The City contends that the putative class is coextensive with the certified plaintiff class. At the time the plaintiff class was certified, the number of members was estimated at 18,314.*fn1 In its counterclaims, the City cites the entire Traffic Code as predicate to the violations at issue in their set-off claim for those 18,000 class members. (Am. Answer at 33-34.) In other words, there are about 18,000 people who violated any number of traffic laws and incurred fines, fees, penalties, and interest, under any number of code sections.

The City has the burden of demonstrating that the plaintiff class is the appropriate class for certification with respect to its counterclaims. See Retired Chicago Police Ass'n v. City of Chicago, 7 F.3d 584, 596 (7th Cir. 1993). Its conclusory allegations that two classes are coextensive, and that "[f]or the same reasons [the named parties] have been adjudicated proper class representatives as plaintiff, they are similarly and by the same reasoning proper representatives of the Counter-Defendant Class" are not enough to meet the rigors of Rule 23 analysis. Vodak v. City of Chicago, No. 03 C 2463, 2008 WL 687221, at *2-3 (N.D.Ill Mar. 10, 2008)(explaining that certifying a class of counter-defendants requires independent scrutiny and rigorous analysis under Fed. R. Civ. P. 23). Notably, the City has not sufficiently alleged or demonstrated that the putative class as defined can meet the requirements for commonality, typicality, predominance, or superiority with respect to its counterclaims, and it is unlikely to be able to do so. See FED. R. CIV. P. 23(a) and (b)(3). See Roman v. First Franklin Financial Corp., No. 00 C 7228, 2001 WL 322563, at *2 (N.D.Ill. Mar. 3, 2001) (finding "where liability determinations are both individual and fact-intensive, class certification under Rule 23(b)(3) is improper"). The City's counterclaims do not allege any facts new to this case. This suit has been pending for three years and the City's counterclaims and questions regarding the appropriateness of class certification for those counterclaims could have been raised and resolved years ago. See In re Ameritech Corp., 188 F.R.D. 280, 286 (N.D.Ill. 1999) (denying leave to amend counterclaims for class action claim where party seeking amendment knew facts upon which proposed amendment was based but failed to assert them in a timely fashion).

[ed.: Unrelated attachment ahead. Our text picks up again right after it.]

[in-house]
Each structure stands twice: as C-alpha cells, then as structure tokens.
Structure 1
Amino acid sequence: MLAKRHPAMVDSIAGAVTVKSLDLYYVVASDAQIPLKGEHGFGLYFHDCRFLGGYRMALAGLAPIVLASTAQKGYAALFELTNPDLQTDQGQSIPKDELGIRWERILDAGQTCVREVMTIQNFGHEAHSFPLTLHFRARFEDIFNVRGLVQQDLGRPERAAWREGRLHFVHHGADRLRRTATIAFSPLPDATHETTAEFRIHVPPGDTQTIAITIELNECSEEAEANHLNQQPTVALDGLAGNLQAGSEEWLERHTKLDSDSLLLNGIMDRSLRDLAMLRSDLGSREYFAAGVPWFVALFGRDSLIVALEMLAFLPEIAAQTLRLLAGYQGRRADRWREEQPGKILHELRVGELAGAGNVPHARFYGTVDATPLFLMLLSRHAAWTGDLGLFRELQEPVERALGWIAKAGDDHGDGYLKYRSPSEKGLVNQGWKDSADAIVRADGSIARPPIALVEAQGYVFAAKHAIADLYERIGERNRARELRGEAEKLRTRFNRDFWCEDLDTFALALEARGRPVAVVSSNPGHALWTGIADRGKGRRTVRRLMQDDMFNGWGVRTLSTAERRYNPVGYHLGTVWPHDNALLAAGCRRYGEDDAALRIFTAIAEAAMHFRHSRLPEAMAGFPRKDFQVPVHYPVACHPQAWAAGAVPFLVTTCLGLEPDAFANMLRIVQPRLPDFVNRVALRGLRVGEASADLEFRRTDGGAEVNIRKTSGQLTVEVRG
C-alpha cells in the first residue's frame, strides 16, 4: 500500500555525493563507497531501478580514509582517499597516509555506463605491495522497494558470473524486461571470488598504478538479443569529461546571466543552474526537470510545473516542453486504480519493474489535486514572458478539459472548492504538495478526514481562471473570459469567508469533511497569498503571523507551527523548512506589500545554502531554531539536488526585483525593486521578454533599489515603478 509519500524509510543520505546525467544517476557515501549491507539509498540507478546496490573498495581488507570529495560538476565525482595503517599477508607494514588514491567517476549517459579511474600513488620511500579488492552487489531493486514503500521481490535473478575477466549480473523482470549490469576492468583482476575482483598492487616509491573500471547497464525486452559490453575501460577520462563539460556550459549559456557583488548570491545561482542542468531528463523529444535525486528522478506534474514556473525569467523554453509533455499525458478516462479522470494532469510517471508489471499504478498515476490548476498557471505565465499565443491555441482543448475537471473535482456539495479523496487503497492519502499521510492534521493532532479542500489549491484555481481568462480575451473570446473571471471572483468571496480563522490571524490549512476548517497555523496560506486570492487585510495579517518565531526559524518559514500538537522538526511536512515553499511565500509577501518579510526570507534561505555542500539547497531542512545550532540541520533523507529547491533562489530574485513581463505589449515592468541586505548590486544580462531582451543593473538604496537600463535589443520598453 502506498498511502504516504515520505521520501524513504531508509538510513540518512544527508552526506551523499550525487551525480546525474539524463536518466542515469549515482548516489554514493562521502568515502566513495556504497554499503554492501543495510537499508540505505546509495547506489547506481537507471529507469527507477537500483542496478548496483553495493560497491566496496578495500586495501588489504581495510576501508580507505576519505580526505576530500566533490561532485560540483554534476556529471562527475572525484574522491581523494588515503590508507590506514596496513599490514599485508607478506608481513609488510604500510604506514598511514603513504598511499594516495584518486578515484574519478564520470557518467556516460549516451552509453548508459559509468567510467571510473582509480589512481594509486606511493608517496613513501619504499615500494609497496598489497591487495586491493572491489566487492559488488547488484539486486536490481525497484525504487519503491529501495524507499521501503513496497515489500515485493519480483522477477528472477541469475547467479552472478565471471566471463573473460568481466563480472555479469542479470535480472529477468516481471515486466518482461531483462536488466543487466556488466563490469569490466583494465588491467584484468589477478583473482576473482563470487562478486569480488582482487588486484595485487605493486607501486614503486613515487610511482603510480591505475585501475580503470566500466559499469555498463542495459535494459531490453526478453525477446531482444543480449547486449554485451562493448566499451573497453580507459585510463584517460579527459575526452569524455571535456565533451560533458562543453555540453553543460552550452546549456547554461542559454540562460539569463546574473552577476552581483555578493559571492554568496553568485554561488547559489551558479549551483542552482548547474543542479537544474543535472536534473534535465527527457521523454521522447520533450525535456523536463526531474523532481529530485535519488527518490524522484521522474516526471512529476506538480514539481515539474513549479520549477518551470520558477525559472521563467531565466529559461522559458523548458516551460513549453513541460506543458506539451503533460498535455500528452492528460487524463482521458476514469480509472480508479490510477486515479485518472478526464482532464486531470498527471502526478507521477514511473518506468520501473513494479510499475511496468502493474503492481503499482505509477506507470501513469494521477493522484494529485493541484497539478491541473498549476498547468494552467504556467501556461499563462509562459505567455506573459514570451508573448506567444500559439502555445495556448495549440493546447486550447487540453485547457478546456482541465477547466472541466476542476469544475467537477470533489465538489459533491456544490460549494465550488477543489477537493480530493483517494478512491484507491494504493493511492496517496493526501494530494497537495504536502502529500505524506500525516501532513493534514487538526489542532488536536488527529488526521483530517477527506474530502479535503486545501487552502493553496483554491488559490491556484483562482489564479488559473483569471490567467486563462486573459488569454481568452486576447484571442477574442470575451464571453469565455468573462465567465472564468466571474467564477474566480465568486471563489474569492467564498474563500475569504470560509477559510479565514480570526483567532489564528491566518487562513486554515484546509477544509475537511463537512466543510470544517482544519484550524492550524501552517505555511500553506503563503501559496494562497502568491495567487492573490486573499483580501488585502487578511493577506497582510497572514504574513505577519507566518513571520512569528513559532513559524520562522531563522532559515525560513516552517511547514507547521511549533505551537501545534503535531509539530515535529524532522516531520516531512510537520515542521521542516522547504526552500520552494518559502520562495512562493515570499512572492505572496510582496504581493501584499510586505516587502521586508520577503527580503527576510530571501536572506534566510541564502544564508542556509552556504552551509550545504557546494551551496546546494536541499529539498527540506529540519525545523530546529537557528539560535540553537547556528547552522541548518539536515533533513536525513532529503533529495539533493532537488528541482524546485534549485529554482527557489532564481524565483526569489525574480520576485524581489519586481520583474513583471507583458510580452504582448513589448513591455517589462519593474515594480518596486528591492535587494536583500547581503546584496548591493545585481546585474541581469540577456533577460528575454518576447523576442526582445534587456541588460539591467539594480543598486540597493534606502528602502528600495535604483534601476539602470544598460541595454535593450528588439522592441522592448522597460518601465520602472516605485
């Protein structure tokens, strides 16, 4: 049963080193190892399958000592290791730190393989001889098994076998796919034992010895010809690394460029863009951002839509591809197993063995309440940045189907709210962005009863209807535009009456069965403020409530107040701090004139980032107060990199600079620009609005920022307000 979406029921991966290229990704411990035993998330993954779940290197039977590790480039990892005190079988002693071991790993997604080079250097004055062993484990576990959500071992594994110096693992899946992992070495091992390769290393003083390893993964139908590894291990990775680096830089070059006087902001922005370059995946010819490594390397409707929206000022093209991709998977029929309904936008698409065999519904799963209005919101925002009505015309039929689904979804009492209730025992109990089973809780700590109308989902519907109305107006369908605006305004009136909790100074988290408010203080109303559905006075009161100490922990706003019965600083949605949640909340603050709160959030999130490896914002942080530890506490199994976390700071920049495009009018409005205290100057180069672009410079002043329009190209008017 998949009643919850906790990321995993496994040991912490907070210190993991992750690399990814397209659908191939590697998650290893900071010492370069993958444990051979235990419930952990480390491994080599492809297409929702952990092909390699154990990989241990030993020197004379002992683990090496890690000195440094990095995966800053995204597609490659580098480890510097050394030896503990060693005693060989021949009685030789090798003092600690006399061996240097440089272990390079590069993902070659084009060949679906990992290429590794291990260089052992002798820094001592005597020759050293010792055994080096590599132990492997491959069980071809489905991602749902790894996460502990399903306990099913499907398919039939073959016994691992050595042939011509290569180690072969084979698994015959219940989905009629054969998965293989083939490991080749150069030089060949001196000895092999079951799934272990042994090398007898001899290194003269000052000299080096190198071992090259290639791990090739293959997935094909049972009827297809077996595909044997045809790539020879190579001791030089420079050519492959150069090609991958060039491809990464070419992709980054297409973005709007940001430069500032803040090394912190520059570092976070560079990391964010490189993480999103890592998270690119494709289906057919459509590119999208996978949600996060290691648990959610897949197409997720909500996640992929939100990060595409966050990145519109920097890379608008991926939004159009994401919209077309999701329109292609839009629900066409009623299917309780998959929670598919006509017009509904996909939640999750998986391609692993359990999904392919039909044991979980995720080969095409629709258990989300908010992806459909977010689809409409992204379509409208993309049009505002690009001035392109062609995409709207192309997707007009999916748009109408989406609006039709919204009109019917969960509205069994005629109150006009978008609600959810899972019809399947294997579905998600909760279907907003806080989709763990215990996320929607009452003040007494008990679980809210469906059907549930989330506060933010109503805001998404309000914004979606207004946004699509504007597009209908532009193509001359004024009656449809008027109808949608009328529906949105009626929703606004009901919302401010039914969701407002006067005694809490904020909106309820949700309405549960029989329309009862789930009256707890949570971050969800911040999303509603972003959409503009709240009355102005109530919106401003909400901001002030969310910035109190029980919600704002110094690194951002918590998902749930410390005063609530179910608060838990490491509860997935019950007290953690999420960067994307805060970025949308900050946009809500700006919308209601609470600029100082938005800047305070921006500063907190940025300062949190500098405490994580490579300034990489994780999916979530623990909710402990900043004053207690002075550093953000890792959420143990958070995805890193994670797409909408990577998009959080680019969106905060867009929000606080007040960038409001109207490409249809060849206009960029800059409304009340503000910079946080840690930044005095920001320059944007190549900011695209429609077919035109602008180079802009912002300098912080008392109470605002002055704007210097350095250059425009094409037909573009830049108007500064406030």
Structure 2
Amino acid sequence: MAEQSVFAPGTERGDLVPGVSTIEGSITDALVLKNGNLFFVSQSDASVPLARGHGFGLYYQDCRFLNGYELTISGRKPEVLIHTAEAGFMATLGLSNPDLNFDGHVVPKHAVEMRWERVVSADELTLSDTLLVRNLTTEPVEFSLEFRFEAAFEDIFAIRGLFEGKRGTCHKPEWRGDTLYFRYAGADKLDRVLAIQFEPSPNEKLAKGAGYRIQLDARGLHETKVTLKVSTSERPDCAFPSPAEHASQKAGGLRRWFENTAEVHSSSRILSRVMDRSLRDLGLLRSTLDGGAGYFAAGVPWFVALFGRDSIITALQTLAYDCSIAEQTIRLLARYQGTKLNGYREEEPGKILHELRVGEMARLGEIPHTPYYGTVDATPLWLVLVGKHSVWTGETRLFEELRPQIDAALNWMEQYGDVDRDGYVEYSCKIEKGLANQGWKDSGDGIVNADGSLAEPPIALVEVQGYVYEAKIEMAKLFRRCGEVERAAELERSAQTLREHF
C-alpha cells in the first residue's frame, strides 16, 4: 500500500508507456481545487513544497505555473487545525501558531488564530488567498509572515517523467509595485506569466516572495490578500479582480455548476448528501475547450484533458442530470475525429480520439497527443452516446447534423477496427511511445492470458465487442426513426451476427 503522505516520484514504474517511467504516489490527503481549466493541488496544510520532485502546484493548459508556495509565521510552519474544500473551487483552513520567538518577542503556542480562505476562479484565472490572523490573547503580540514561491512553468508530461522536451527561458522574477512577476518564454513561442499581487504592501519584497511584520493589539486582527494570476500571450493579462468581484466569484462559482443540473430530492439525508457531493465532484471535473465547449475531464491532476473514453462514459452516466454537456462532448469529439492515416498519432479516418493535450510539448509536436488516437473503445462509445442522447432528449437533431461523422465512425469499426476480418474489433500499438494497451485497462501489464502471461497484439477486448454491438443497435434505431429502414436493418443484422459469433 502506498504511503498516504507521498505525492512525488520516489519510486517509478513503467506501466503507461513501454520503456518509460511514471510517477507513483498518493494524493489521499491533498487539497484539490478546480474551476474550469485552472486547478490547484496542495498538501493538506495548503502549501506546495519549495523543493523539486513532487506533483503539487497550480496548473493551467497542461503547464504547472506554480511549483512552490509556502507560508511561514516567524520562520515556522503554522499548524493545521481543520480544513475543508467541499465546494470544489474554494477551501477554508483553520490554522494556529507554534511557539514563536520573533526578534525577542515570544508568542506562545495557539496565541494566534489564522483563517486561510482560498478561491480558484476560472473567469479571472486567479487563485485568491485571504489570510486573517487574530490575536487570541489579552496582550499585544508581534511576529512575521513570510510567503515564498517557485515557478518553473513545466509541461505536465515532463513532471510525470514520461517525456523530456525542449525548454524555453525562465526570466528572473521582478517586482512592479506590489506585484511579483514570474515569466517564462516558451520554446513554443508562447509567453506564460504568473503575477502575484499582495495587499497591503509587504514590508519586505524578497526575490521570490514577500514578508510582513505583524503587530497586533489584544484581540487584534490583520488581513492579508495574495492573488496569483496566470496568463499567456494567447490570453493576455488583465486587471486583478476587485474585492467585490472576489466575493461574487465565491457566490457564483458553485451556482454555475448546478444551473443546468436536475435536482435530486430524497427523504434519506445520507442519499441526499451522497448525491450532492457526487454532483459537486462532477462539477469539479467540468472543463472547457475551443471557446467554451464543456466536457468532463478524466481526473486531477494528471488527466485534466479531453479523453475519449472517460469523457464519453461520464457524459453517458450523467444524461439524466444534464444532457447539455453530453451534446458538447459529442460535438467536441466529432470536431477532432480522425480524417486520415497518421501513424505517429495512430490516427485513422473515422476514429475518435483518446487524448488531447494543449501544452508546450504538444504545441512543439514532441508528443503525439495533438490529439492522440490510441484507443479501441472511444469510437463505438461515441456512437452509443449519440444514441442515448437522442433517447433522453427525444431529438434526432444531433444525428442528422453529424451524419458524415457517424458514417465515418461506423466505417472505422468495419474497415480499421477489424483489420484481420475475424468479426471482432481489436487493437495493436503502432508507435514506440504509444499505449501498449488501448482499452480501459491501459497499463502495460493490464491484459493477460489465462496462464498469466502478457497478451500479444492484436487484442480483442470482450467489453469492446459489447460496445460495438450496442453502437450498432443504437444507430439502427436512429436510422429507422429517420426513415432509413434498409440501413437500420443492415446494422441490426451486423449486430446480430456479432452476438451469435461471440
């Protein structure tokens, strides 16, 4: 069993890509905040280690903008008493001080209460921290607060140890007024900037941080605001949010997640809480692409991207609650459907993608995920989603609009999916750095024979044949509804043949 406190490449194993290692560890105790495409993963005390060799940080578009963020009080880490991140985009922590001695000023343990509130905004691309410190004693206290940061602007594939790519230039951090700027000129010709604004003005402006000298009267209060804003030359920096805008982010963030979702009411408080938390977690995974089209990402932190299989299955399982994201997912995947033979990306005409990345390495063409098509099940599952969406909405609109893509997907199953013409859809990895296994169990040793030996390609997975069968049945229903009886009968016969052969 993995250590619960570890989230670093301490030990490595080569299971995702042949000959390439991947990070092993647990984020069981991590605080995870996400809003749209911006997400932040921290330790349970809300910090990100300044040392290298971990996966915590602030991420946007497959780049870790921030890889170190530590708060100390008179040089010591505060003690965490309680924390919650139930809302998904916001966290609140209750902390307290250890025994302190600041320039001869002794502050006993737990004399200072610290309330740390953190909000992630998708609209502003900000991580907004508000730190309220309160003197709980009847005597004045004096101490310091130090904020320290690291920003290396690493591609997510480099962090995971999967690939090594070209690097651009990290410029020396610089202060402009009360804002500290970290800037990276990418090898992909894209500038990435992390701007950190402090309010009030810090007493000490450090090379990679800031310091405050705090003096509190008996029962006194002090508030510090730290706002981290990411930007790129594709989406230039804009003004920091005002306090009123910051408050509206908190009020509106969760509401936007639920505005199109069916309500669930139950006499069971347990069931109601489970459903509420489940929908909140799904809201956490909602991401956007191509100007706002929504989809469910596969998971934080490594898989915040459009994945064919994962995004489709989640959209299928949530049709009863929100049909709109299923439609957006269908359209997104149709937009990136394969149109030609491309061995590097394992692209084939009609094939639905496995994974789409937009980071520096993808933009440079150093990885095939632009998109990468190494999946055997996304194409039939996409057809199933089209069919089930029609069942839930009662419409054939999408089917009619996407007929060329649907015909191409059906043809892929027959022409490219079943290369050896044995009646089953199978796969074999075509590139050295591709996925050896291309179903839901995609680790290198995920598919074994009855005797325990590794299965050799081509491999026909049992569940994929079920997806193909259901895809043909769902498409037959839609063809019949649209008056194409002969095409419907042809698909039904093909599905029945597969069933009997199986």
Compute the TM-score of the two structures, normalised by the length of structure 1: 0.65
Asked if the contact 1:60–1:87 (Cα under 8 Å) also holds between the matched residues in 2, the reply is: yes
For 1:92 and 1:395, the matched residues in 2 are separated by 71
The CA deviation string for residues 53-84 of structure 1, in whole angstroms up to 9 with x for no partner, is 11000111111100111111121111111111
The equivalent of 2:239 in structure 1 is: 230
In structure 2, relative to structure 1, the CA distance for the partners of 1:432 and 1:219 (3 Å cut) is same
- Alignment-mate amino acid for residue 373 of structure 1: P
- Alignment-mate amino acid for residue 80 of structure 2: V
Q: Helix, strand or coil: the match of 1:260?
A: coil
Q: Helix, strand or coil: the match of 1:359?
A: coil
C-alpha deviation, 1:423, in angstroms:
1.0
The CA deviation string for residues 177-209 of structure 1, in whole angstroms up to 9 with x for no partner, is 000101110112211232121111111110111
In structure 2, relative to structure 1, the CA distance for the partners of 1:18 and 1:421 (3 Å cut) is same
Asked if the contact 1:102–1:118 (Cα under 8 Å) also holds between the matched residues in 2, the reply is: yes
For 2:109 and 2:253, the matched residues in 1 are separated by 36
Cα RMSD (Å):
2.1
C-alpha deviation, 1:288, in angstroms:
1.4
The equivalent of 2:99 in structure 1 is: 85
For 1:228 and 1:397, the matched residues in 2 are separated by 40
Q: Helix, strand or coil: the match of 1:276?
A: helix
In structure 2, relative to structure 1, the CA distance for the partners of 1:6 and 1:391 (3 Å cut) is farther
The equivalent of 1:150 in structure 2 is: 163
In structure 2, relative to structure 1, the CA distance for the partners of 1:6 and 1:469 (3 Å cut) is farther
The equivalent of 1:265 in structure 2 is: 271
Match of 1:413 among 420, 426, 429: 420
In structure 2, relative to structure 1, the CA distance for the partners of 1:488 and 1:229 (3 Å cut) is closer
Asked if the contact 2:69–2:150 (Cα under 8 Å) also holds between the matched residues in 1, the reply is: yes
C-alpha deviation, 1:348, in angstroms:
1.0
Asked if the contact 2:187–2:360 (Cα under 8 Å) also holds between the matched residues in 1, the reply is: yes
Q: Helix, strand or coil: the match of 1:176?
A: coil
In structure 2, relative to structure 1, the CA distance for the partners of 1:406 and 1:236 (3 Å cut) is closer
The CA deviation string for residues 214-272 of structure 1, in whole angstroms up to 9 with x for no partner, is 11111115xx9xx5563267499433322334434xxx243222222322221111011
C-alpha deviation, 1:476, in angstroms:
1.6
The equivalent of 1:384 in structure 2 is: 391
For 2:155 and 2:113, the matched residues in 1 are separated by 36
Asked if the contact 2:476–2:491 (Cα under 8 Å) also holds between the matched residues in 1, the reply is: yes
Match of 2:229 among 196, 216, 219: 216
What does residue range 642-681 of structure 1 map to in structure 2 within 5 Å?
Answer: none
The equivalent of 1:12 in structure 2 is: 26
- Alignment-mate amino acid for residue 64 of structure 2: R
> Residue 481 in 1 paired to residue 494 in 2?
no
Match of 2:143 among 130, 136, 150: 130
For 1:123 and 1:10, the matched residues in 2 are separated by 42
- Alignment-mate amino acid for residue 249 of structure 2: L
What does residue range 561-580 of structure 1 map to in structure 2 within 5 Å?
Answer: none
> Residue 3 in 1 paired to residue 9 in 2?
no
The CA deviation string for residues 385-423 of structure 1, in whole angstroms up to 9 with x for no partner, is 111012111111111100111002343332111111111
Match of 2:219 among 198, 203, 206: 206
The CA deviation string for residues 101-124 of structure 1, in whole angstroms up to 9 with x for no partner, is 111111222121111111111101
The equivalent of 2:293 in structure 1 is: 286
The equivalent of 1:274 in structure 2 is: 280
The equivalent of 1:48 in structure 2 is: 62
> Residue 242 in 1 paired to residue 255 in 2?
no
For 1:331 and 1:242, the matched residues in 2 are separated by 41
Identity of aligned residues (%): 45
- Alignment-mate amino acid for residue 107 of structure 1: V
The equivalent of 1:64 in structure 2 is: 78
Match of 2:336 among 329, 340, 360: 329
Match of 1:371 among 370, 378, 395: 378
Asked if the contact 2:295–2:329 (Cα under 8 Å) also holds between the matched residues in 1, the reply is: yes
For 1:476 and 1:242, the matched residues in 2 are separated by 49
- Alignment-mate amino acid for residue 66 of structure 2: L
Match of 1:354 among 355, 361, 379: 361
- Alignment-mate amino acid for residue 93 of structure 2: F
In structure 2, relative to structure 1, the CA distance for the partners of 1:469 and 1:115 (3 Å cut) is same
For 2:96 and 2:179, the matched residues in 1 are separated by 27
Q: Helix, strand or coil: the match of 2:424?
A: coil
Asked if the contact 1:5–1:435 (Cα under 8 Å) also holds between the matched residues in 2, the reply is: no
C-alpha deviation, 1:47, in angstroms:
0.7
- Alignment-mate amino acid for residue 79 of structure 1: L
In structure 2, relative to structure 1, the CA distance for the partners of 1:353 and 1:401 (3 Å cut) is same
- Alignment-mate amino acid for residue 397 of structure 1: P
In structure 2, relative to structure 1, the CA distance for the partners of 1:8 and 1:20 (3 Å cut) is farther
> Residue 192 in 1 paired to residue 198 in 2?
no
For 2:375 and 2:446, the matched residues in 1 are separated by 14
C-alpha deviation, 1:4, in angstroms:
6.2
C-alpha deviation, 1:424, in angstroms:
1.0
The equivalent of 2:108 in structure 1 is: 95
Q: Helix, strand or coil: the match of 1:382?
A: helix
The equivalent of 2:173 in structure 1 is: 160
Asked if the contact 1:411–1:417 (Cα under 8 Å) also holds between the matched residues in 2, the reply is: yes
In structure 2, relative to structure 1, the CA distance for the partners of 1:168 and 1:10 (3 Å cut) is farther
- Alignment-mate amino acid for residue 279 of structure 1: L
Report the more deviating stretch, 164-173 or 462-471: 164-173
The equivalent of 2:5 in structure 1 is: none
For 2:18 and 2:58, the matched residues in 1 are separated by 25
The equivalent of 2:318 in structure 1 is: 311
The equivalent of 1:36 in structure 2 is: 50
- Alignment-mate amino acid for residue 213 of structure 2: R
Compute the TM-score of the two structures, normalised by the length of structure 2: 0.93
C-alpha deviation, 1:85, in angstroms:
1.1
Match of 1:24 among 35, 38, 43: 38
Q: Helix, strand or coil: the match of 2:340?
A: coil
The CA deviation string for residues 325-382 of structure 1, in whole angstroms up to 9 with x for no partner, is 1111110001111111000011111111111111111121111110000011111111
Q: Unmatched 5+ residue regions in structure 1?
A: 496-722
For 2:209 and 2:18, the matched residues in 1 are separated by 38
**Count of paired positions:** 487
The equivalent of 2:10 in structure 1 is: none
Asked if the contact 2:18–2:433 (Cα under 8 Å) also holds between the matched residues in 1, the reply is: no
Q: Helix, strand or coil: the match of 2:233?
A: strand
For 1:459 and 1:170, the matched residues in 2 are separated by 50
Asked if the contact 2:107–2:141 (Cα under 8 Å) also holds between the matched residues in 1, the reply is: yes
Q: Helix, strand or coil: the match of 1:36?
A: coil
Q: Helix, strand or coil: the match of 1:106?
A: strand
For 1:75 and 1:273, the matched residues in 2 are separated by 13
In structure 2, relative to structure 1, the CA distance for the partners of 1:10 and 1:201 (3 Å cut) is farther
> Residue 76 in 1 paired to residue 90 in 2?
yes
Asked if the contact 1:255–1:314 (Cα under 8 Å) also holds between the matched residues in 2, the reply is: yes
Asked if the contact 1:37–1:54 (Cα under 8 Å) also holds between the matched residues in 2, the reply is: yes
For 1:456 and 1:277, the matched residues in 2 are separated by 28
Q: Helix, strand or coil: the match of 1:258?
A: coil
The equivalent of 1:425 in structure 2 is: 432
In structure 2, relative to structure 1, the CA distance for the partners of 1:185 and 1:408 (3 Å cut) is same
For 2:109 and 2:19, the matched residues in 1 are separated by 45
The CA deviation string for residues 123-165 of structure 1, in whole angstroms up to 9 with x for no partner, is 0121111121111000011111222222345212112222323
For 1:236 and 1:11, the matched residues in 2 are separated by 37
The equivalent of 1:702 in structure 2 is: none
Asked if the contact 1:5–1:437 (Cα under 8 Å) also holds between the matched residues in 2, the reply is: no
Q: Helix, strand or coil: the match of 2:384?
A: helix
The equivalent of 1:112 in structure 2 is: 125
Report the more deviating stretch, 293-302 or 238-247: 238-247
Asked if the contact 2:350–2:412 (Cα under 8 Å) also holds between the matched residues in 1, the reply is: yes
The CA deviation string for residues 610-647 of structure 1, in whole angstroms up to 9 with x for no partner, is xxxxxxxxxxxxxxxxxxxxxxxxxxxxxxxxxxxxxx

Class certification issues aside, sorting through the underlying issues of fact and law related to the numerous traffic violations of 18,000 individuals, not to mention determining the applicable fines, fees, penalties and interest, or what defenses or payment arrangements apply would clearly predominate over the federal due process claim. Moreover, this case would essentially be converted to an enormous debt collection case and would be an administrative nightmare.

I conclude the City's counterclaims would clearly predominate over the plaintiff class' due process claim and that there are exceptional circumstances that weigh heavily against the exercise of supplemental jurisdiction in this case. Accordingly, I ...